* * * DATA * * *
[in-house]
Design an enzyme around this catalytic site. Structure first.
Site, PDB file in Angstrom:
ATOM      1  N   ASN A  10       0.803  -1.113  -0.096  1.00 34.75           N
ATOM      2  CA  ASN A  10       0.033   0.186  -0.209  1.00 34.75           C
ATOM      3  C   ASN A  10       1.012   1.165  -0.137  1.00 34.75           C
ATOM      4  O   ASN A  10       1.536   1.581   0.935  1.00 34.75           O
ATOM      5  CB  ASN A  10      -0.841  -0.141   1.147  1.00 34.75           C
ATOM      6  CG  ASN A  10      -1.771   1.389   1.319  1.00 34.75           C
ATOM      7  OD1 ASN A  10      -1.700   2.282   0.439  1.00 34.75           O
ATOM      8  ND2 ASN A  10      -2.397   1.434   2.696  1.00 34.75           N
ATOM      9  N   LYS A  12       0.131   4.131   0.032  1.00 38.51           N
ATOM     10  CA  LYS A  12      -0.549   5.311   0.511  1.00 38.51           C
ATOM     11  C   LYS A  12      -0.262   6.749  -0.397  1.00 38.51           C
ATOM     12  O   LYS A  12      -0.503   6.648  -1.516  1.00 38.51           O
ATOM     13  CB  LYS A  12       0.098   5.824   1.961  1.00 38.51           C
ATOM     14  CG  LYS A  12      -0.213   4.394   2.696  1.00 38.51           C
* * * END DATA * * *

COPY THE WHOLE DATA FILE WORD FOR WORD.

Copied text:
[in-house]
Design an enzyme around this catalytic site. Structure first.
Site, PDB file in Angstrom:
ATOM      1  N   ASN A  10       0.803  -1.113  -0.096  1.00 34.75           N
ATOM      2  CA  ASN A  10       0.033   0.186  -0.209  1.00 34.75           C
ATOM      3  C   ASN A  10       1.012   1.165  -0.137  1.00 34.75           C
ATOM      4  O   ASN A  10       1.536   1.581   0.935  1.00 34.75           O
ATOM      5  CB  ASN A  10      -0.841  -0.141   1.147  1.00 34.75           C
ATOM      6  CG  ASN A  10      -1.771   1.389   1.319  1.00 34.75           C
ATOM      7  OD1 ASN A  10      -1.700   2.282   0.439  1.00 34.75           O
ATOM      8  ND2 ASN A  10      -2.397   1.434   2.696  1.00 34.75           N
ATOM      9  N   LYS A  12       0.131   4.131   0.032  1.00 38.51           N
ATOM     10  CA  LYS A  12      -0.549   5.311   0.511  1.00 38.51           C
ATOM     11  C   LYS A  12      -0.262   6.749  -0.397  1.00 38.51           C
ATOM     12  O   LYS A  12      -0.503   6.648  -1.516  1.00 38.51           O
ATOM     13  CB  LYS A  12       0.098   5.824   1.961  1.00 38.51           C
ATOM     14  CG  LYS A  12      -0.213   4.394   2.696  1.00 38.51           C